Nonconformity – how the SA wine landscape is evolving
“South Africa is still ‘the most dynamic and exciting New World country’,thanks to terroir, vine age, and talented winemakers. And the world is taking notice.” Wine Advocate’s Neal Martin said this in his authoritative 2014 South Africa report, which is still true to this day.
It is this evolution of our industry, one forged by hardships, a wider world view and a return to the soil, that the Nederburg Auction’s 2018 theme “Evolve” celebrates.
A quick glance at the Auction attendance figures over the past five years will show the very encouraging increase in private buyers. Collectors, connoisseurs and wine lovers from around the world are quietly sniffing out pockets of excellence, and going after these iconic wines with a vengeance, as ever-rising prices indicate. Contemporary producers are achieving record prices for their creations as quality and demand increase, collectors and the like are willing to pay a premium for these outstanding and currently under-valued wines.
It is a vote of confidence in the Nederburg Auction as an appropriate platform for curated, provenanced investment decisions.
Those ahead of the curve know, and will tell you, that South Africa is riding a wave of good wine fortune. And while the rest of the wine public might still be deliberating about whether wine collecting makes investment sense, those determined and convinced are not only debating it. They are putting up their money.
There is wide acknowledgement that South African wine has come along in leaps and bounds, and there are increasing calls to right the incessant under-valuing of our cellar creations.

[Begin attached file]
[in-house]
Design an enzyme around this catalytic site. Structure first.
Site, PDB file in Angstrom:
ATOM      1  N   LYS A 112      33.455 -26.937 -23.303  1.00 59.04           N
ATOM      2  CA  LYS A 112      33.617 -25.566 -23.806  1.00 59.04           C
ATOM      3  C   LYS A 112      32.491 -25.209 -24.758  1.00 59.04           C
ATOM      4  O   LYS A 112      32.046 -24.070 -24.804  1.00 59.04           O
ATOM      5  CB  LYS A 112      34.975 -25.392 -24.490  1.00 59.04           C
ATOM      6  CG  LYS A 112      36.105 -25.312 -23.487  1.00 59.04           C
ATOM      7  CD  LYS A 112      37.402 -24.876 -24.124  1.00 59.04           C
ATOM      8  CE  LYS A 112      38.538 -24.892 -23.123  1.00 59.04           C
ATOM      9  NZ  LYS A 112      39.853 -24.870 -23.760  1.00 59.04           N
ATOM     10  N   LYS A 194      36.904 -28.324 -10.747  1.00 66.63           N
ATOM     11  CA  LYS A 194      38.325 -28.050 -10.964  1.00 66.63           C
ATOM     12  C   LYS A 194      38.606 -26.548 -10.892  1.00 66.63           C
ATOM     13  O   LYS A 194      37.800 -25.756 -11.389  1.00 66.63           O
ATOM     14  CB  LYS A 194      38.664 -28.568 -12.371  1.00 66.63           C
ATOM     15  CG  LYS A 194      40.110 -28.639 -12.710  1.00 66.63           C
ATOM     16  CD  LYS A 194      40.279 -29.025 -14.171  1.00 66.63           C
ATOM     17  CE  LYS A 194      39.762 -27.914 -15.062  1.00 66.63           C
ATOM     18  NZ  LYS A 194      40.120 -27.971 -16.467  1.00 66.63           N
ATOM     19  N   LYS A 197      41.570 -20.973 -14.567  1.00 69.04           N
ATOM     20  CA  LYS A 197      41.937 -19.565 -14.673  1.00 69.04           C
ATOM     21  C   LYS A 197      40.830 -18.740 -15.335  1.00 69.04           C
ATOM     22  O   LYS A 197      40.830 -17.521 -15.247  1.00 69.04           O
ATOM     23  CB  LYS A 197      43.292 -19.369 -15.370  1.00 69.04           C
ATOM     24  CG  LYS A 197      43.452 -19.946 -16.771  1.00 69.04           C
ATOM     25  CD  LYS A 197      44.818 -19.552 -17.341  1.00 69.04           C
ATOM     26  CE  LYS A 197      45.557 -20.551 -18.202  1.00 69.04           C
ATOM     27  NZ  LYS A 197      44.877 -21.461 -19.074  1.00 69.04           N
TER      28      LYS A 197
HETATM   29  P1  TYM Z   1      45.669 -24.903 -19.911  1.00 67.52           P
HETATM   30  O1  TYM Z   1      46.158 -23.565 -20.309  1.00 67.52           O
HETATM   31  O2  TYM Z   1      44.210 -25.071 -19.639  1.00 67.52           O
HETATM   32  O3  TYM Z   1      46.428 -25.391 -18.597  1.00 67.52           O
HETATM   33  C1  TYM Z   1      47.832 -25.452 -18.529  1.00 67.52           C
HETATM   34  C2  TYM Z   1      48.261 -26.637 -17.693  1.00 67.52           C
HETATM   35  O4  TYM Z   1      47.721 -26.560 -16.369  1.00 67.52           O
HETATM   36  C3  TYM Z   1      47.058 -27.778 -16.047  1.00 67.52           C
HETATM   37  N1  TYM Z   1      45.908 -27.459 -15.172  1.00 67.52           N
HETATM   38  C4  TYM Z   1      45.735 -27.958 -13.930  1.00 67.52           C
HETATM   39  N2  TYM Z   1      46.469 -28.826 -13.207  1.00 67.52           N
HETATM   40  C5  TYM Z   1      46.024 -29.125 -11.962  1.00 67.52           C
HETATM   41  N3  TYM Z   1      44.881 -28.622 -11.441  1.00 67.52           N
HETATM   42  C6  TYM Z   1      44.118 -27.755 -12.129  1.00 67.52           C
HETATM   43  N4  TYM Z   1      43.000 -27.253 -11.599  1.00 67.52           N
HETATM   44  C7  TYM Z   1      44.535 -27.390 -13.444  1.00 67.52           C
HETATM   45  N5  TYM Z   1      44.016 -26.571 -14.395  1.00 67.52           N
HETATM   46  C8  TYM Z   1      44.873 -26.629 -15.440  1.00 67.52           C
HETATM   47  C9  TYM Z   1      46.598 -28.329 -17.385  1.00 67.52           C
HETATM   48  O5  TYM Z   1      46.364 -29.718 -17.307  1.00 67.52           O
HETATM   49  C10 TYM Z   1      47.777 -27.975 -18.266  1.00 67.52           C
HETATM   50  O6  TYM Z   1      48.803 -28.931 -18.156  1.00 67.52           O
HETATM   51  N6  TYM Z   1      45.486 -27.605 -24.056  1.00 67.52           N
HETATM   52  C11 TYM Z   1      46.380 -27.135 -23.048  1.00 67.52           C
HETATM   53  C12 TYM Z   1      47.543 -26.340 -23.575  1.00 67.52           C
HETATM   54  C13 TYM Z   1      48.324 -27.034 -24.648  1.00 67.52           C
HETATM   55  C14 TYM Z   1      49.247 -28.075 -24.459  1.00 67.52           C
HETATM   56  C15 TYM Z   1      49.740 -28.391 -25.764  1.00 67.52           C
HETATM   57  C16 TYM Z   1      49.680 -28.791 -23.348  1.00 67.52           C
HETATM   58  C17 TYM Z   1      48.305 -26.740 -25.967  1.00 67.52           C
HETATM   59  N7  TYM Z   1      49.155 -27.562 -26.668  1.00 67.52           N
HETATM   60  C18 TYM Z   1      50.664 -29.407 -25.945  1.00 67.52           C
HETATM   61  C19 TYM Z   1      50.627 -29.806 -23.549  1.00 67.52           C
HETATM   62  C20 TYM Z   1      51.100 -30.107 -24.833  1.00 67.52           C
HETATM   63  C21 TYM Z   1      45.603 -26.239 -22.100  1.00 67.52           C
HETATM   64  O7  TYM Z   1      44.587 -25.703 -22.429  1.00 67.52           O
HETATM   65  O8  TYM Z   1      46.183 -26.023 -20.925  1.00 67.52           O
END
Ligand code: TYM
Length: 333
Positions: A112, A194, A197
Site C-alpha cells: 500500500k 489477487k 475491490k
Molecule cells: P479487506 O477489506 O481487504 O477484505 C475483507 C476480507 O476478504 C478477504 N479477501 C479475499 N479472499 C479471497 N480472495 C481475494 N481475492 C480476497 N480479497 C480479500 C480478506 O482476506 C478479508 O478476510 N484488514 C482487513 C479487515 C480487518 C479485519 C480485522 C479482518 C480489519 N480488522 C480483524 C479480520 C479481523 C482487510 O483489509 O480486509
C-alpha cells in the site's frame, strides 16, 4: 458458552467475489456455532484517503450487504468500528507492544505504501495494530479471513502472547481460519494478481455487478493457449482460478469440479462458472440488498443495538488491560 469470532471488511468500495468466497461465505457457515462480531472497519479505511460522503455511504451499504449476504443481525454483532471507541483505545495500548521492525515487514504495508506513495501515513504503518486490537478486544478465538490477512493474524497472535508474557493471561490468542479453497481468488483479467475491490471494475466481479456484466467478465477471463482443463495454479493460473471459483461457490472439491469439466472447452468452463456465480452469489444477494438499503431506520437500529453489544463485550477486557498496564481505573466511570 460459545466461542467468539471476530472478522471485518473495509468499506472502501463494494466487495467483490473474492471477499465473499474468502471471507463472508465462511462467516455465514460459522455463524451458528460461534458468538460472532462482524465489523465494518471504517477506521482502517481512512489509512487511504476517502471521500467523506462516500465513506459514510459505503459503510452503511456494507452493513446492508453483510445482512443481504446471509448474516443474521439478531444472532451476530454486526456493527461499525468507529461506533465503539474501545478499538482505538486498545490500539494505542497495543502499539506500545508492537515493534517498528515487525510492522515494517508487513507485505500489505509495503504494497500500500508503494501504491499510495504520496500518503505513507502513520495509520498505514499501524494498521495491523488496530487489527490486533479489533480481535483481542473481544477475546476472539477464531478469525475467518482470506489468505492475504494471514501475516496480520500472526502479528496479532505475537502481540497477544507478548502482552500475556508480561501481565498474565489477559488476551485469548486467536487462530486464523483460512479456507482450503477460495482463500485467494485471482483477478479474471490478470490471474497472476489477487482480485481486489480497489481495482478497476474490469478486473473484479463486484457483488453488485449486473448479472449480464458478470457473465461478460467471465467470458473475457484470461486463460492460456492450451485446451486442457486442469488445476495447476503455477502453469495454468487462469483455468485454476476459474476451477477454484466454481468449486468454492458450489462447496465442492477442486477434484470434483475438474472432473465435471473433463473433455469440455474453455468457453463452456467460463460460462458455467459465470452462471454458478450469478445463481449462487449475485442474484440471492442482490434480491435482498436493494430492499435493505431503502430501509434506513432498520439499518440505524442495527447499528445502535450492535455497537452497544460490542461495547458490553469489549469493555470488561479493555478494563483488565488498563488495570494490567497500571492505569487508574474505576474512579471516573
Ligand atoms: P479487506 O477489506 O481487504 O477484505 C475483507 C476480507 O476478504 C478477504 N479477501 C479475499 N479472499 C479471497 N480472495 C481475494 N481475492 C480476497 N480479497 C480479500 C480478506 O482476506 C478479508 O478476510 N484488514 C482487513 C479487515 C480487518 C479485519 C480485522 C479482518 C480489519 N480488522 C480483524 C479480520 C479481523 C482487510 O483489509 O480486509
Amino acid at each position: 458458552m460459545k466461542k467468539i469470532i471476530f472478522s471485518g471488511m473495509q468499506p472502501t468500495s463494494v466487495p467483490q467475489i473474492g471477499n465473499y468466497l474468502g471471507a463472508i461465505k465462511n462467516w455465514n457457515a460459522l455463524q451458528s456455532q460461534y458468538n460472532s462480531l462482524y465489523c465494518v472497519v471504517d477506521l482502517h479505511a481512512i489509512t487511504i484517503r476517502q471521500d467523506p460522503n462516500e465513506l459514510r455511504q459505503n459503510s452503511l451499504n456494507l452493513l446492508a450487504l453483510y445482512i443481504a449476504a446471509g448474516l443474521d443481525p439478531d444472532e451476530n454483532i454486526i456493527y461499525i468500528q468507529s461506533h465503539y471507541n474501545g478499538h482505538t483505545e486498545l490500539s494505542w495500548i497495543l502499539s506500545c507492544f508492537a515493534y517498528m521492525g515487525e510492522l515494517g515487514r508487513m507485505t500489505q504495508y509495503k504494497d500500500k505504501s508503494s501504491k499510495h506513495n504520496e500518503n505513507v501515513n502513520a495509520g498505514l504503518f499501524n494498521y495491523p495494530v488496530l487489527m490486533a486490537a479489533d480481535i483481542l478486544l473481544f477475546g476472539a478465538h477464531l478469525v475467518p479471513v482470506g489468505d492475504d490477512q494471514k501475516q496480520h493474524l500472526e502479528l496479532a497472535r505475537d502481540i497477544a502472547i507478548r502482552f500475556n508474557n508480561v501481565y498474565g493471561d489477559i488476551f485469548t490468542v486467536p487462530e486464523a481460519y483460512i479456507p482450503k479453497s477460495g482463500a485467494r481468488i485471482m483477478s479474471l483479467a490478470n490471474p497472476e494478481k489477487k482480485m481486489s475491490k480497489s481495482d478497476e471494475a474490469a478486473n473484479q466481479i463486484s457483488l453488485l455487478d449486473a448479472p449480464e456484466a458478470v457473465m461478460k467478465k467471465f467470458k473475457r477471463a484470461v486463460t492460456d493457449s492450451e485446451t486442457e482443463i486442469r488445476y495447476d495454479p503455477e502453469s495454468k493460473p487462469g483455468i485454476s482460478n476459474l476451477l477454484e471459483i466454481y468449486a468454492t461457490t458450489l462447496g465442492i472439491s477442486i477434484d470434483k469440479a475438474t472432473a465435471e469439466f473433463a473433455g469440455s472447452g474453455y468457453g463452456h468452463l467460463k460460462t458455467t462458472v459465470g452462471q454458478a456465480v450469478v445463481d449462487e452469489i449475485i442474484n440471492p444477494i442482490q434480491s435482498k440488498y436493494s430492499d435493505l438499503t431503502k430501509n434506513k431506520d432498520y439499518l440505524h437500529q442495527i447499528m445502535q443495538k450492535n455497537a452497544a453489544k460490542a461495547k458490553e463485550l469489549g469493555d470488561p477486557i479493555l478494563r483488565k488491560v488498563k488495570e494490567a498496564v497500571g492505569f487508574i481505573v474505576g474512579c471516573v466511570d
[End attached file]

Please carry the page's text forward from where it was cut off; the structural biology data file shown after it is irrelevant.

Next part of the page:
The current level of success for South African wines is driven jointly by the rediscovered mastery of our pre-democracy winemakers; and the more recent accolades garnered by the so-called New Wave of winemakers increasingly unlocking what our terroir really has to offer. In most instances producers are no longer following the textbook one-size-fits-all approach. They are gaining skills from abroad, but literally starting from the ground up by matching the correct vines and blends to the terroir as opposed to forcing vines on the terroir.
South African wine is being recognised as an investment asset class, along with its European and global counterparts. This year alone has seen at least two wine funds investing in South African wine; Roland Peens’ Wine Cellar VIP 2015 Fund and Ken Kinsey-Quicks’ Fine Diamond Wine Investment Fund. The former’s opportunities were sold out within one week. The latter will come to market with its second tranche in late September.
Both of these funds are focussing on the “once-in-a-generation,” “rock star” 2015 vintage, where they have been ahead of the curve and secured these wines, most of which have been produced in very small quantities. This is a massive compliment to and acknowledgment of the dynamism and bold confidence our winemakers are taking in their creations. Jancis Robinson, for one, waxes lyrical about the future of South African wine. She says no other country, possibly except France, can boast such a radical group of young winemakers changing the wine horizon.
It is thanks to these daring and insightful producers that we get to invest in world-class wines; ones that have been selected by global experts and wines specifically selected with further aging in mind. These well-curated gems are being noticed by those with the buying power of pounds, euros and dollars. Locals will hopefully appreciate the current price points before it’s too late.